Well, this never really was too much more than a long shot disguised as a more realistic shot, and all indications this afternoon are that we're about to be able to move on from Prince Fielder, as the USA Today's Bob Nightengale is reporting that the Rangers "believe they are out of the bidding for free-agent slugger Prince Fielder, according to a person with knowledge of the talks, but not authorized to speak publicly because of the ongoing negotiations.
Meanwhile, FOXSports.com's Ken Rosenthal has reported in the last hour that both the Marlins and Orioles are also out on Fielder, and ESPN.com's Jason Churchill has noted that the Mariners are out as well, while also indicating that Fielder and the Nationals may be moving towards an eight-year agreement. Nothing is official yet on this particular front, but it appears that the Nationals -- who were reportedly averse to tendering a seriously long-term offer -- have caved to the Fielder camp's demands for something spanning at least eight years. There's also no immediate word on whether key opt-out provisions would be integrated into the deal, but I daresay their inclusion wouldn't really surprise much of anyone.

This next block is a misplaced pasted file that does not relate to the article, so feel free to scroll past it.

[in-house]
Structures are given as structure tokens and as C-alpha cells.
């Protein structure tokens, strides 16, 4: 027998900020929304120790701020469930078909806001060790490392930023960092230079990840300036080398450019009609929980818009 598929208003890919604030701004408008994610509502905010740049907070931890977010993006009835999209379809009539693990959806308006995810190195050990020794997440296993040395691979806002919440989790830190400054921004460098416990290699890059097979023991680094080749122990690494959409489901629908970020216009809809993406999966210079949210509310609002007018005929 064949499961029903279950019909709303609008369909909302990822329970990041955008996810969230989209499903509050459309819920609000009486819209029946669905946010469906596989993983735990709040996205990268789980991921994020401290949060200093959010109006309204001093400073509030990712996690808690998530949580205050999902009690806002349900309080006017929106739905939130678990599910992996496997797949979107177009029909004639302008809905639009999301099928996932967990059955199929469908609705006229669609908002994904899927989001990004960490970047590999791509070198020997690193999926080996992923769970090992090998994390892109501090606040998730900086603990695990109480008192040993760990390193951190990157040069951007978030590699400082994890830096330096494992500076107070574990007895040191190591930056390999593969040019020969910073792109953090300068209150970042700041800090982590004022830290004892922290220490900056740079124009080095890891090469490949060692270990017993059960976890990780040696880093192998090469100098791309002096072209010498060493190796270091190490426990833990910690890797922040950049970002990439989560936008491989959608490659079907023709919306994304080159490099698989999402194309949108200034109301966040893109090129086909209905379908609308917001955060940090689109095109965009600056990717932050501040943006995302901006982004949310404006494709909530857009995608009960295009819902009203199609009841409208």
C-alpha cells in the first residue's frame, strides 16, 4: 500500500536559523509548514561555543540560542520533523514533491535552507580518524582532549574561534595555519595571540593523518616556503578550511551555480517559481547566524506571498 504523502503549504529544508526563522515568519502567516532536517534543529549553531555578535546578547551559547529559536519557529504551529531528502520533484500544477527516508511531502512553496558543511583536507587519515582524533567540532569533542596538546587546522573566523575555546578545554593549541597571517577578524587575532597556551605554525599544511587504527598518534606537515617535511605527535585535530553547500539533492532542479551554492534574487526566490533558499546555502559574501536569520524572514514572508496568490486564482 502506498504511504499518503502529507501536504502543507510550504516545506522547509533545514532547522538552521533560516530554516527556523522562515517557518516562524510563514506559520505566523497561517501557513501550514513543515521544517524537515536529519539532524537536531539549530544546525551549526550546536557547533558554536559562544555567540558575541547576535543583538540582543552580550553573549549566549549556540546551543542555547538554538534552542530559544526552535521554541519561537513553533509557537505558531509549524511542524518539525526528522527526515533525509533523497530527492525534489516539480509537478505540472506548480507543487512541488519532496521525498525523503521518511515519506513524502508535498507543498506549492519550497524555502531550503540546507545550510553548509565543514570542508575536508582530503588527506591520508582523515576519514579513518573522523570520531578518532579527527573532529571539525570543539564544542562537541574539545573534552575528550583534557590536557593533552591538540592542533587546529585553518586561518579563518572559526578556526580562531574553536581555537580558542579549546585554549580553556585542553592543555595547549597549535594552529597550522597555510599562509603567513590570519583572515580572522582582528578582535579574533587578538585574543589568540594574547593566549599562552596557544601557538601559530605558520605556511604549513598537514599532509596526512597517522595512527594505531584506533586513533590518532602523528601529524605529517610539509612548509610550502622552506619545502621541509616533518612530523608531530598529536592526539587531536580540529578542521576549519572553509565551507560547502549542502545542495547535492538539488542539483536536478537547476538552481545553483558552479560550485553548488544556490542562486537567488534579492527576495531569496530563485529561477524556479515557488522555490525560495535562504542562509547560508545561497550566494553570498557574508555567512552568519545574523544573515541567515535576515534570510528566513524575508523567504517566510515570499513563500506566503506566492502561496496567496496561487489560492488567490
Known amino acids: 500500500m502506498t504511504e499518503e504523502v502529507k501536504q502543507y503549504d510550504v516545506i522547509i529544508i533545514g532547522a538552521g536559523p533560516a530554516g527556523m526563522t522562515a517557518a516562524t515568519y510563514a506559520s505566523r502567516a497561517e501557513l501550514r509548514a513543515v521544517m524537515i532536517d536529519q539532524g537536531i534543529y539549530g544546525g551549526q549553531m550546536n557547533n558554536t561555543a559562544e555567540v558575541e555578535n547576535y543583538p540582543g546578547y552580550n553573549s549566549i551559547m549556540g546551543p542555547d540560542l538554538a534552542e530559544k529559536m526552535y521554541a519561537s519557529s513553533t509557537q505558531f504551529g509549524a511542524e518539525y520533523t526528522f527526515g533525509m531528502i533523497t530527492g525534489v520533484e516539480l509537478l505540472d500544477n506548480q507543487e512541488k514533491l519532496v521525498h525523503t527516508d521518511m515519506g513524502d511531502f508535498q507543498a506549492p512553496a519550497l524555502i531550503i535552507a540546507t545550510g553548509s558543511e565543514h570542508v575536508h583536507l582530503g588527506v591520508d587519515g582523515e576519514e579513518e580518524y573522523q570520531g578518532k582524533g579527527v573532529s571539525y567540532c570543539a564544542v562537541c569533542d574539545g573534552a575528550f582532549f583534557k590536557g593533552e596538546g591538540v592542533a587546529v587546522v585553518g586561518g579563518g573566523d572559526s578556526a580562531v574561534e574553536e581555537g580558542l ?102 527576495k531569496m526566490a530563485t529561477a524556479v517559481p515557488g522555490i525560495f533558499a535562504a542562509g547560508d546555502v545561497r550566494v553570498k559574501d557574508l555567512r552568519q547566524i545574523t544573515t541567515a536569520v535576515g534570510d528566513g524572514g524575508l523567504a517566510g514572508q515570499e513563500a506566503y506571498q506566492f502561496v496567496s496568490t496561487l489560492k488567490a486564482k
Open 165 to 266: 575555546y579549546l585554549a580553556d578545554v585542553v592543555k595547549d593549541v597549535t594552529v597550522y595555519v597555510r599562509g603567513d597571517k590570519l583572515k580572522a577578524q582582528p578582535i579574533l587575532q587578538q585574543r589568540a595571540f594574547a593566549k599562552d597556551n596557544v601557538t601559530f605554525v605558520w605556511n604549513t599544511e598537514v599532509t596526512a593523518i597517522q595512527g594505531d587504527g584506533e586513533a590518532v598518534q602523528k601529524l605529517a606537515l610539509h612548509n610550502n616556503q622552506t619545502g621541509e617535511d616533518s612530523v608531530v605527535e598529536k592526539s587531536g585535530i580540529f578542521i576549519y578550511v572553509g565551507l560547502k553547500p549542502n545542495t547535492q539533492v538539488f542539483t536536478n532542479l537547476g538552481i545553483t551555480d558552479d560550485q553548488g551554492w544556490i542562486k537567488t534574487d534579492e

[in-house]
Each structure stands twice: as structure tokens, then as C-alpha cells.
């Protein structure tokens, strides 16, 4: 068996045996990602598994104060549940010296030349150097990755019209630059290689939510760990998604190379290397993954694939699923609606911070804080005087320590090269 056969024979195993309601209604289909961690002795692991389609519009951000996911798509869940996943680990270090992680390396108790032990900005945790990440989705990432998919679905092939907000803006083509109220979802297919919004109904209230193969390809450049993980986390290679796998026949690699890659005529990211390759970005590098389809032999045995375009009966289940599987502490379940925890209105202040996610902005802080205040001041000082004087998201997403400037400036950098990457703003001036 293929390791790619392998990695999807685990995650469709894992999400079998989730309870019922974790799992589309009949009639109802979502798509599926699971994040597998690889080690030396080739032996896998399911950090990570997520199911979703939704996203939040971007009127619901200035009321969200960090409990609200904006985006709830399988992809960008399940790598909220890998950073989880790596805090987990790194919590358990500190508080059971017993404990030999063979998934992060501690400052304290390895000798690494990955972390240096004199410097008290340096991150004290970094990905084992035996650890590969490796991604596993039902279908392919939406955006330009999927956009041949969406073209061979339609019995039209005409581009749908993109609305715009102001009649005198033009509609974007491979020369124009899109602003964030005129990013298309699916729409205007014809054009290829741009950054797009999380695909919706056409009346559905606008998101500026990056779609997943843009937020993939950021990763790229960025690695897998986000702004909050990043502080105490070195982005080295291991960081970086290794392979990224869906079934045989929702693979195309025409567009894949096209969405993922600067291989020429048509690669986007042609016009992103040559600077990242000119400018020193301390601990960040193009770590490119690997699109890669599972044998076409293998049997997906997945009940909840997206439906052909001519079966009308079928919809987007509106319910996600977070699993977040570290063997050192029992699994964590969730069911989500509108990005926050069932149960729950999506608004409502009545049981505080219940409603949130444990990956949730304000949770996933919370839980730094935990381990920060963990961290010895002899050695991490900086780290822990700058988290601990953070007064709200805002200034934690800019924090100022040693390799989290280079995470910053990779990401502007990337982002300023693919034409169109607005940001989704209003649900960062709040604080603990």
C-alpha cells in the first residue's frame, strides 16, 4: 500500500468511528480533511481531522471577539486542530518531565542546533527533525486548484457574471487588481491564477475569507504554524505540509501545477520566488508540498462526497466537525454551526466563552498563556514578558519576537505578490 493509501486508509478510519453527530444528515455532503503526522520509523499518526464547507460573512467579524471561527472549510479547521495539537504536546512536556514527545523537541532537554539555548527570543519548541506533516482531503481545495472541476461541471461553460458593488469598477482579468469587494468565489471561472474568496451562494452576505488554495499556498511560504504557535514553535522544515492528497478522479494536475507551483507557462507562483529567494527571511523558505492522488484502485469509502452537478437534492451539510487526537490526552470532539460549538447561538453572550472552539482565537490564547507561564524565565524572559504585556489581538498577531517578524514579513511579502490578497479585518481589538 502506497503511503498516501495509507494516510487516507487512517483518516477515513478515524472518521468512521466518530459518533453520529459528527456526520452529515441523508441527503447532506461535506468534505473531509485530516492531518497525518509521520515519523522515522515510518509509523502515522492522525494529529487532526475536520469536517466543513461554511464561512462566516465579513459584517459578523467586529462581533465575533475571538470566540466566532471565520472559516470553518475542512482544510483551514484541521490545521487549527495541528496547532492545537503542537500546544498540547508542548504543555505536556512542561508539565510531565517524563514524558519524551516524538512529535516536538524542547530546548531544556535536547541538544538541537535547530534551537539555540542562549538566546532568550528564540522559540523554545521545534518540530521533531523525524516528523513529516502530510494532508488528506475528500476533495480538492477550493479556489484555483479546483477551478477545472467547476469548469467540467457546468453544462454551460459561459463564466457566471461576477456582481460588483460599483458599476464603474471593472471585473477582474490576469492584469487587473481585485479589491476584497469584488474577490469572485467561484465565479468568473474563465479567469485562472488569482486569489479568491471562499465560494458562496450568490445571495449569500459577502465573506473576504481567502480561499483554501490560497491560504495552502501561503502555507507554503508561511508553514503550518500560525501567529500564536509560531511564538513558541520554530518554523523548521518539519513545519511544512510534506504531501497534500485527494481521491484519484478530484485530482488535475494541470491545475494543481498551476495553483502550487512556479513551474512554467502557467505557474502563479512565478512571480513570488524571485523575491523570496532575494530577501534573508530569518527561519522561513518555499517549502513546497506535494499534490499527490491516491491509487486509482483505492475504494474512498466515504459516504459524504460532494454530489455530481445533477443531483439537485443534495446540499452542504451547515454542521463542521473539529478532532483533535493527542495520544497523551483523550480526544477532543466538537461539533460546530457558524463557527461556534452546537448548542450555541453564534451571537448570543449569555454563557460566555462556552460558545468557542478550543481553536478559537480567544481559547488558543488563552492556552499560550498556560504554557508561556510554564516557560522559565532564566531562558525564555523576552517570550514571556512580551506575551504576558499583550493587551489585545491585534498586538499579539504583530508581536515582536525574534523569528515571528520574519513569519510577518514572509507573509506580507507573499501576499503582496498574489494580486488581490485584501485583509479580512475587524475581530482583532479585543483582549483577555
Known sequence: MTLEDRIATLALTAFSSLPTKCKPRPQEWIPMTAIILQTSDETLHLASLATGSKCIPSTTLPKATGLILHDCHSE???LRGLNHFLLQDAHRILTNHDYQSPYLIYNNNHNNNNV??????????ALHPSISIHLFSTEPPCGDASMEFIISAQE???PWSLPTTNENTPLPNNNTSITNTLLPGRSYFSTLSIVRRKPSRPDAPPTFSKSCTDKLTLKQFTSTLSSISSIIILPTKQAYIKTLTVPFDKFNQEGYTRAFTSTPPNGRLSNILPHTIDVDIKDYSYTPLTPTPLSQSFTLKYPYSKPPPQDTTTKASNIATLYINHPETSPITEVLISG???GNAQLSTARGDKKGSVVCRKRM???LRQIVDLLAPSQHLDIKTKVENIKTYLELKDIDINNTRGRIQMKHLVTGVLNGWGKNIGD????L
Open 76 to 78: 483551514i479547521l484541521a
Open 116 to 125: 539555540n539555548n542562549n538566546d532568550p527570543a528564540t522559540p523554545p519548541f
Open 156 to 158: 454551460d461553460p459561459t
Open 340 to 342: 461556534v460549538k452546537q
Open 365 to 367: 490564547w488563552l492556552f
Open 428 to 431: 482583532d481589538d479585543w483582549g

[2:00 p.m. update: Per Yahoo! Sports' Tim Brown, the fabled "mystery team" has leapt out of nowhere, as the Tigers are now said to be "very close" to finishing up a nine-year deal with the Tigers.
2:05 p.m. update: According to CBSSports.com's Jon Heyman, Fielder is getting a nine-year, $214 million deal from the Tigers. That's not likely to turn out very well for Detroit.]
Assuming that the Rangers actually are done with Fielder and have no designs on further bolstering their first base situation, we can expect to see Mitch Moreland -- or possibly Brad Hawpe, should Moreland be delayed in spring training after coming off wrist surgery -- holding down first base the majority of the time this season, with Mike Napoli chewing up some plate appearances there on days that he's not catching, and Michael Young also receiving a decent-sized chunk of playing time. That amalgamation of parts isn't going to give you Fielder-esque production (or even a reasonable facsimile thereof), but it shouldn't kill the Rangers, either, and they should still end up going into the 2012 season as close favorites to win their third consecutive division championship.
Texas has been connected to Fielder for an extended period of time, and there have been times over the last few weeks where we've actually had some reason to feel a little confident about a deal being hammered out (e.g. after the surreptitious Fielder sighting at the Four Seasons resort in Dallas), but the reality is that the Rangers are justifiably skittish about going 7-8 years on Fielder, and that the team -- which currently projects to have an Opening Day payroll right around the $125 million mark -- is reportedly operating at a deficit as is. This is probably a case where both the baseball operations department and ownership are in lockstep as far as not wanting to commit to Fielder at a level above and beyond $20 million per year into the third decade of this millennium.